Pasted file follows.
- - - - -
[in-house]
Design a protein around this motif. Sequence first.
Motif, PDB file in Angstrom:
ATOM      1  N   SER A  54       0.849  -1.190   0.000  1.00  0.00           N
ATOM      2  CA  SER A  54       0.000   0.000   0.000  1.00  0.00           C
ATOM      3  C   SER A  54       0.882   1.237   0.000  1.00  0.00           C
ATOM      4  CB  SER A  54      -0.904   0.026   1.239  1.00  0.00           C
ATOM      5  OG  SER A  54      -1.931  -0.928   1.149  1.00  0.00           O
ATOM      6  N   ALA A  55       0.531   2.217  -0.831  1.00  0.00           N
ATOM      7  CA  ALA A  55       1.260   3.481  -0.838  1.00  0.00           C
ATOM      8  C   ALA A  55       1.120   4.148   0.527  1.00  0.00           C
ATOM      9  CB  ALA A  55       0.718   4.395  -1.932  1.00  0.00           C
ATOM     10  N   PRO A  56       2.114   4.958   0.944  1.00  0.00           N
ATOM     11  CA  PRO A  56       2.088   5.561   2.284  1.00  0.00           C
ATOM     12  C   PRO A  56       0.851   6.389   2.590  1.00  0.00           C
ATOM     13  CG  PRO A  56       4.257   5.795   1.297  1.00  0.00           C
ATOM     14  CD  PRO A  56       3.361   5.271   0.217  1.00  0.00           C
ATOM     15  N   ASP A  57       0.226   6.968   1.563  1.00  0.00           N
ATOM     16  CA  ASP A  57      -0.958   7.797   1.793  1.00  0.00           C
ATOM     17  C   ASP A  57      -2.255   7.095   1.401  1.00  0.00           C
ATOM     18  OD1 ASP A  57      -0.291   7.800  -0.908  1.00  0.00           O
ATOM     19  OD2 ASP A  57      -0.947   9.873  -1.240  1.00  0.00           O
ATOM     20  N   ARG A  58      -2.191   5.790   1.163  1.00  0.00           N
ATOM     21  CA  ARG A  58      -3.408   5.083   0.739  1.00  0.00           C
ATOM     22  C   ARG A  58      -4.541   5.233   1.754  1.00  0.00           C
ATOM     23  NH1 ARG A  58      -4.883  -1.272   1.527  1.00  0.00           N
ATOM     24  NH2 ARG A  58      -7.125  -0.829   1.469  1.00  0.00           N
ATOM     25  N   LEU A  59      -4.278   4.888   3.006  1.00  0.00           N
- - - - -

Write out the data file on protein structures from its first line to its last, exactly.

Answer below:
[in-house]
Design a protein around this motif. Sequence first.
Motif, PDB file in Angstrom:
ATOM      1  N   SER A  54       0.849  -1.190   0.000  1.00  0.00           N
ATOM      2  CA  SER A  54       0.000   0.000   0.000  1.00  0.00           C
ATOM      3  C   SER A  54       0.882   1.237   0.000  1.00  0.00           C
ATOM      4  CB  SER A  54      -0.904   0.026   1.239  1.00  0.00           C
ATOM      5  OG  SER A  54      -1.931  -0.928   1.149  1.00  0.00           O
ATOM      6  N   ALA A  55       0.531   2.217  -0.831  1.00  0.00           N
ATOM      7  CA  ALA A  55       1.260   3.481  -0.838  1.00  0.00           C
ATOM      8  C   ALA A  55       1.120   4.148   0.527  1.00  0.00           C
ATOM      9  CB  ALA A  55       0.718   4.395  -1.932  1.00  0.00           C
ATOM     10  N   PRO A  56       2.114   4.958   0.944  1.00  0.00           N
ATOM     11  CA  PRO A  56       2.088   5.561   2.284  1.00  0.00           C
ATOM     12  C   PRO A  56       0.851   6.389   2.590  1.00  0.00           C
ATOM     13  CG  PRO A  56       4.257   5.795   1.297  1.00  0.00           C
ATOM     14  CD  PRO A  56       3.361   5.271   0.217  1.00  0.00           C
ATOM     15  N   ASP A  57       0.226   6.968   1.563  1.00  0.00           N
ATOM     16  CA  ASP A  57      -0.958   7.797   1.793  1.00  0.00           C
ATOM     17  C   ASP A  57      -2.255   7.095   1.401  1.00  0.00           C
ATOM     18  OD1 ASP A  57      -0.291   7.800  -0.908  1.00  0.00           O
ATOM     19  OD2 ASP A  57      -0.947   9.873  -1.240  1.00  0.00           O
ATOM     20  N   ARG A  58      -2.191   5.790   1.163  1.00  0.00           N
ATOM     21  CA  ARG A  58      -3.408   5.083   0.739  1.00  0.00           C
ATOM     22  C   ARG A  58      -4.541   5.233   1.754  1.00  0.00           C
ATOM     23  NH1 ARG A  58      -4.883  -1.272   1.527  1.00  0.00           N
ATOM     24  NH2 ARG A  58      -7.125  -0.829   1.469  1.00  0.00           N
ATOM     25  N   LEU A  59      -4.278   4.888   3.006  1.00  0.00           N